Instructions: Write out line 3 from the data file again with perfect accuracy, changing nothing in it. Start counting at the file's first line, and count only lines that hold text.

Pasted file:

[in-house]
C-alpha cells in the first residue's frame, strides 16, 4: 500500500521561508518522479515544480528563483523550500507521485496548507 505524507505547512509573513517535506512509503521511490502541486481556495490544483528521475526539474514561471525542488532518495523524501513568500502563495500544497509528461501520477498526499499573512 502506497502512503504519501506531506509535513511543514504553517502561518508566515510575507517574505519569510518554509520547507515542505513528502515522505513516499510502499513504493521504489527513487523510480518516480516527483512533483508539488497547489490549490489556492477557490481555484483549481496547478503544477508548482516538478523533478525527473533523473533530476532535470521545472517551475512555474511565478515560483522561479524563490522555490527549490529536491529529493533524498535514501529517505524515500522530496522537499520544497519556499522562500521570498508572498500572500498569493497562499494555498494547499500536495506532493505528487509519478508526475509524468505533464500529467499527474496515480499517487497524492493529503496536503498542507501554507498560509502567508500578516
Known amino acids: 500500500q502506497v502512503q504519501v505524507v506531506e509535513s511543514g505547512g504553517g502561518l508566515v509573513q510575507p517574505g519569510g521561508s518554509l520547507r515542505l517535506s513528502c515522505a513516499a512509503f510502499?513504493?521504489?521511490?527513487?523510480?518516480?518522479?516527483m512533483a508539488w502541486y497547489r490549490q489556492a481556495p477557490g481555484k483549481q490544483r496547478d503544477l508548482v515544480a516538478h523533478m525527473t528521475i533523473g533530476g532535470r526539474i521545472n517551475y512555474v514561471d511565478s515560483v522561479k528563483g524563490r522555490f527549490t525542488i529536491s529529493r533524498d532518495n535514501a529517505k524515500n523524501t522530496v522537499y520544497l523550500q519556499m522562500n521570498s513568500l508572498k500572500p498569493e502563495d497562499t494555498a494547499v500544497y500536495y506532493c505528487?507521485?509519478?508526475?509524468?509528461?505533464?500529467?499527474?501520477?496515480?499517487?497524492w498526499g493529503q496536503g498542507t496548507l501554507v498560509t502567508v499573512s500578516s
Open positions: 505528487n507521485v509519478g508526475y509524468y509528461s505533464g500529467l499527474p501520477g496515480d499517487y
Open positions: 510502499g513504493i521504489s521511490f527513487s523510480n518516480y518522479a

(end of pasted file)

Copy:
Known amino acids: 500500500q502506497v502512503q504519501v505524507v506531506e509535513s511543514g505547512g504553517g502561518l508566515v509573513q510575507p517574505g519569510g521561508s518554509l520547507r515542505l517535506s513528502c515522505a513516499a512509503f510502499?513504493?521504489?521511490?527513487?523510480?518516480?518522479?516527483m512533483a508539488w502541486y497547489r490549490q489556492a481556495p477557490g481555484k483549481q490544483r496547478d503544477l508548482v515544480a516538478h523533478m525527473t528521475i533523473g533530476g532535470r526539474i521545472n517551475y512555474v514561471d511565478s515560483v522561479k528563483g524563490r522555490f527549490t525542488i529536491s529529493r533524498d532518495n535514501a529517505k524515500n523524501t522530496v522537499y520544497l523550500q519556499m522562500n521570498s513568500l508572498k500572500p498569493e502563495d497562499t494555498a494547499v500544497y500536495y506532493c505528487?507521485?509519478?508526475?509524468?509528461?505533464?500529467?499527474?501520477?496515480?499517487?497524492w498526499g493529503q496536503g498542507t496548507l501554507v498560509t502567508v499573512s500578516s